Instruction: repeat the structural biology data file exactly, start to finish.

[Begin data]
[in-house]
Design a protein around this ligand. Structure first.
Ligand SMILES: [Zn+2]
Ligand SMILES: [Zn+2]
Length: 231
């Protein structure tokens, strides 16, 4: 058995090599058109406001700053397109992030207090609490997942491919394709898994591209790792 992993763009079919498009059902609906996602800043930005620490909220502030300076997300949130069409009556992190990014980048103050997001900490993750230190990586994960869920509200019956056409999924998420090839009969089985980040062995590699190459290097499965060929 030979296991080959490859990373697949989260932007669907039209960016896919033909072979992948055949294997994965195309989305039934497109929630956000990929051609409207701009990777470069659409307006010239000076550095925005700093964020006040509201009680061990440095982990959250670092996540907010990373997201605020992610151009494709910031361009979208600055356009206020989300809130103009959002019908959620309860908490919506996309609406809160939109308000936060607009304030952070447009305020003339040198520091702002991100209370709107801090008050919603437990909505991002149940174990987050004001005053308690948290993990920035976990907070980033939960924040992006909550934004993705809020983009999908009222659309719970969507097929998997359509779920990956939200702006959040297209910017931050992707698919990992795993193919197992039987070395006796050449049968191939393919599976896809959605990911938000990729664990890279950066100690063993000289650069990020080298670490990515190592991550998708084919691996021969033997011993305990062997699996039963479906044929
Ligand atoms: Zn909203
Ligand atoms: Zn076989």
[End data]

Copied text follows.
[in-house]
Design a protein around this ligand. Structure first.
Ligand SMILES: [Zn+2]
Ligand SMILES: [Zn+2]
Length: 231
């Protein structure tokens, strides 16, 4: 058995090599058109406001700053397109992030207090609490997942491919394709898994591209790792 992993763009079919498009059902609906996602800043930005620490909220502030300076997300949130069409009556992190990014980048103050997001900490993750230190990586994960869920509200019956056409999924998420090839009969089985980040062995590699190459290097499965060929 030979296991080959490859990373697949989260932007669907039209960016896919033909072979992948055949294997994965195309989305039934497109929630956000990929051609409207701009990777470069659409307006010239000076550095925005700093964020006040509201009680061990440095982990959250670092996540907010990373997201605020992610151009494709910031361009979208600055356009206020989300809130103009959002019908959620309860908490919506996309609406809160939109308000936060607009304030952070447009305020003339040198520091702002991100209370709107801090008050919603437990909505991002149940174990987050004001005053308690948290993990920035976990907070980033939960924040992006909550934004993705809020983009999908009222659309719970969507097929998997359509779920990956939200702006959040297209910017931050992707698919990992795993193919197992039987070395006796050449049968191939393919599976896809959605990911938000990729664990890279950066100690063993000289650069990020080298670490990515190592991550998708084919691996021969033997011993305990062997699996039963479906044929
Ligand atoms: Zn909203
Ligand atoms: Zn076989």